Scripture speaks of an obedience that proceeds from faith. Paul wrote to the Romans about this obedience. "Through Him and for His name's sake, we received grace and apostleship to call people from among all the Gentiles to the obedience that comes from faith" (Rom 1:5, NIV).

This should not surprise us. Great men of God have always obeyed because they believed. It is said of our father Abraham, "By faith Abraham . . . obeyed . . . " (Heb 11:8). The acceptable sacrifice of Abel was offered "by faith" (Heb 11:4). Noah's faith compelled him to build the ark when he was warned of the impending flood (Heb 11:7). Faith is a stronger and more consistent motivation for obedience than fear.

All people obey something--either truth or unrighteousness. They respond and conform to one or the either. There is no neutral ground. Thus it is written, "but to those who are selfishly ambitious and do not obey the truth, but obey unrighteousness, wrath and indignation" (Rom 2:8). The Word of God, which is written truth, is to be obeyed! Failure to do this constitutes foolishness (Gal 3:1). Wherever a professed believer is found that is not obeying the truth, there has been hindrance--Satanic hindrance (Gal 5:7). There is no hope for people that remain in that condition. As it is written, "For it is time for judgment to begin with the household of God; and if it begins with us first, what will be the outcome for those who do not obey the gospel of God?" (1 Pet 4:17, NASB).

What does it mean to "obey the truth," or "the Gospel," or "the Word" (Rom 2:8; 2 Thess 1:8; 2 Thess 3:14; 1 Pet 3:1)? Is it merely fulfilling an outlined procedure? following a prescribed pattern? Indeed, it is not! Remember, acceptable obedience proceeds from faith. It is the result of being convinced of the truth and applicability of the message.

The act of baptism provides an excellent example of this point. Being baptized does involve obedience. Peter "commanded" the household of Cornelius to be baptized Acts 10:48). That command was "obeyed" when the people to whom it was addressed were baptized. This was not, however, merely fulfilling a technical requirement, although it was that. The whole person is involved in obedience. The Spirit, referring to our baptism, put it this way. "But God be thanked, that ye were the servants of sin, but ye have obeyed from the heart that form of doctrine which was delivered you" (Rom 6:17, KJV). The "form of doctrine" (the form of teaching, NIV) is baptism. The "doctrine," or "teaching," was the death, burial and resurrection of Christ--the Gospel. In baptism, that doctrine is placed into a form, or container of truth. We "die" with Christ, are "buried" with Him, and "raised" with Him--in our baptism (Rom 6:3-10).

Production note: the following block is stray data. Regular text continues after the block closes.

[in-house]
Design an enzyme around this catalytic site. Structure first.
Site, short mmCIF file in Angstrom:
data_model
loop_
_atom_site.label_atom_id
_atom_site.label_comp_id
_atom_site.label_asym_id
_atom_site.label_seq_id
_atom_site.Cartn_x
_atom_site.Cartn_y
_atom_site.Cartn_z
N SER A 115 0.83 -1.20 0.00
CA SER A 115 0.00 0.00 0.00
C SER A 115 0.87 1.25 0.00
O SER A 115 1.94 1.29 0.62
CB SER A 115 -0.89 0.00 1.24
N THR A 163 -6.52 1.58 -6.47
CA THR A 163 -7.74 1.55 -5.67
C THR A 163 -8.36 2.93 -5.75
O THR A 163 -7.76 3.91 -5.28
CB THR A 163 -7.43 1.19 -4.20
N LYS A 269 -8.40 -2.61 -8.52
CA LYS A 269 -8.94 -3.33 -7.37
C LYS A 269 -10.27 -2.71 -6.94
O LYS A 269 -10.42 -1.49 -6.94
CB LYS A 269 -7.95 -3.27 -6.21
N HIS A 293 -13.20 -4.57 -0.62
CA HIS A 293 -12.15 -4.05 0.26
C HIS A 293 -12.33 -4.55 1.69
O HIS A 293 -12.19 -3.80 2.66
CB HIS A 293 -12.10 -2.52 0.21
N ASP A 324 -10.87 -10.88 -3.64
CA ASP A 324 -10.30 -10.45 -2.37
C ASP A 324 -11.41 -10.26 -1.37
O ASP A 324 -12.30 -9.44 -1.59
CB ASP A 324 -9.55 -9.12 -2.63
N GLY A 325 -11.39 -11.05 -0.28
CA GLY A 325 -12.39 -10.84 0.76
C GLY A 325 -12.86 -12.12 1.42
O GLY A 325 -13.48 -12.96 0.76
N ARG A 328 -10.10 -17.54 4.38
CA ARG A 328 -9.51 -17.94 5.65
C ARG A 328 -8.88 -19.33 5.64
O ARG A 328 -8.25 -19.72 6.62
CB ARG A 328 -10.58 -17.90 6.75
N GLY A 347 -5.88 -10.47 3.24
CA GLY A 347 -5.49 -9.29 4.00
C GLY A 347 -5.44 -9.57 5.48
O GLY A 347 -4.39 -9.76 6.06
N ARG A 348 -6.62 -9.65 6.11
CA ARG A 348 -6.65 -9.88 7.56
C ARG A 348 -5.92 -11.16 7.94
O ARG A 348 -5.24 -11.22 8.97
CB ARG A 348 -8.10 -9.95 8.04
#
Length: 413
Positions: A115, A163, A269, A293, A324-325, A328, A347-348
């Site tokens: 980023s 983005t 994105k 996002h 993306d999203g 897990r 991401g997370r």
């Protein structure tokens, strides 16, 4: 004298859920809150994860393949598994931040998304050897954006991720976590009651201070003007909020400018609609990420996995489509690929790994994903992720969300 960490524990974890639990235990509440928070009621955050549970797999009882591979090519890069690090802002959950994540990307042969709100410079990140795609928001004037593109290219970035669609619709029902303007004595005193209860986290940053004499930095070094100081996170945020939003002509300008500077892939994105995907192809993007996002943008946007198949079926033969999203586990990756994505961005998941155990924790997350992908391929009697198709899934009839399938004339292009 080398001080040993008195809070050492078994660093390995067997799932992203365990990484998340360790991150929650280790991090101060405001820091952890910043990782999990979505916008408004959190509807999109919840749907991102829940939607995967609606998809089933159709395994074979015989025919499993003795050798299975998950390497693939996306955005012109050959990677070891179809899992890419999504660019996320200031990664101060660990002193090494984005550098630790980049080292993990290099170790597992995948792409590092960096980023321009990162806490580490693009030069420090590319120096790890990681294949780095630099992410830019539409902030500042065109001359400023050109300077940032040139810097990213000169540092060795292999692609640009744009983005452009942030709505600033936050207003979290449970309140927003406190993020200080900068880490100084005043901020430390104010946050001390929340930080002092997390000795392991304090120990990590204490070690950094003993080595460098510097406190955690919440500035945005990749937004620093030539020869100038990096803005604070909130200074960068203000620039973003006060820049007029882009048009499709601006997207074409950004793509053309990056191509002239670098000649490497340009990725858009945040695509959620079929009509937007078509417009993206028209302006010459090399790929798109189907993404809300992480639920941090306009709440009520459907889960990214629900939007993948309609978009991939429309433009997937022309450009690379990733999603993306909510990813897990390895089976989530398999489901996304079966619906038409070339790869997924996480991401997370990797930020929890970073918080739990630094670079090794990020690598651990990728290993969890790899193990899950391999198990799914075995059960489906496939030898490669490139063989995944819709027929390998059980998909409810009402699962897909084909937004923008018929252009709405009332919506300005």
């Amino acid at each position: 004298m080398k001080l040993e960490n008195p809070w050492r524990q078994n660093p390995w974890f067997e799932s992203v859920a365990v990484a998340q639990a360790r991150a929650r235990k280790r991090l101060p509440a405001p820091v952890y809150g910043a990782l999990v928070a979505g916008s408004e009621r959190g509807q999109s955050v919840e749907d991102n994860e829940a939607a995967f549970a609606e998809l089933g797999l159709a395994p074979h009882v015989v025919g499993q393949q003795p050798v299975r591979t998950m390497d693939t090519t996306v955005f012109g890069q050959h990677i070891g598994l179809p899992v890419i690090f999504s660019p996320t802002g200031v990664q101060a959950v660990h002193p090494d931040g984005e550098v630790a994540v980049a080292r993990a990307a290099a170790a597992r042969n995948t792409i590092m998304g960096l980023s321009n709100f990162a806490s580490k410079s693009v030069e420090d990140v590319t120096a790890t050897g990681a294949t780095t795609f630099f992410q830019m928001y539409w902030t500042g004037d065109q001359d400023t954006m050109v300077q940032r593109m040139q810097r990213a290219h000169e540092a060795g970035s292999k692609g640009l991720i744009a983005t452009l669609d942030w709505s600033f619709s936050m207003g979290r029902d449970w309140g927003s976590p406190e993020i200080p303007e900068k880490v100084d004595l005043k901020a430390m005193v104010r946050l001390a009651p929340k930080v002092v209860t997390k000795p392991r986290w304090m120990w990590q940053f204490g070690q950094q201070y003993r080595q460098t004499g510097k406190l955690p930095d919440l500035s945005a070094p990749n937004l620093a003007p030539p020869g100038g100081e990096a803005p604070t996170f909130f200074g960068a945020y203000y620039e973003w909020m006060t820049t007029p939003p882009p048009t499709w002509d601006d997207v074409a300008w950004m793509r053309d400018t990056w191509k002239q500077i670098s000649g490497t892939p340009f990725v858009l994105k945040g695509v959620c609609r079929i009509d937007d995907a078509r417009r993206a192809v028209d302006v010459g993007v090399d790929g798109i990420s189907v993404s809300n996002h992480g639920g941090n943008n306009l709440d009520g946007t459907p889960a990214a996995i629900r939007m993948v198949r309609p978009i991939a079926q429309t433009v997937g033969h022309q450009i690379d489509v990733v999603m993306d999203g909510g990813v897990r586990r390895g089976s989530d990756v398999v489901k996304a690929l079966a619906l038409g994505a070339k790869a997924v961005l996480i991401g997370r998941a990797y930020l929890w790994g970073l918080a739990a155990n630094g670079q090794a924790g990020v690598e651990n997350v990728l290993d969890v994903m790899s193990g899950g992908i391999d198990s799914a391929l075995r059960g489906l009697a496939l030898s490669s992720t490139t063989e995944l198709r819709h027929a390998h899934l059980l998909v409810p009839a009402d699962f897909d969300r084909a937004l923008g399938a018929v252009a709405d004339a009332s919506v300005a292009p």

These are very real transactions, unseen by the eye, but experienced in the inner man. They cannot be fulfilled ritualistically, or in an external manner alone. The heart is required to validate baptism. Thus Paul says the people "obeyed from the heart the form . ." No obedience that excludes the heart is valid! The involvement of the heart is what makes obedience acceptable.

Obedience That Is Thorough

Obedience is also to be thorough. The Lord does not provide men the option of choosing areas in which they will obey, to the neglect of others. Thus, we read of being "obedient in everything" (2 Cor 2:9). If this appears too difficult, we are assured of Divine resources that are adequate to the task. We have been supplied with spiritual weaponry that enables us to effectively "take captive every thought to make it obedient to Christ" (2 Cor 10:5). That is a remarkable consideration! Our obedience to the Word of the Lord is to be so thorough that we can be known as "obedient children" (1 Pet 1:14). That is the obedience that eventuates in being "holy" (1 Pet 1:14). Elsewhere it is called the "obedience, which leads to righteousness?" (Rom 6:16).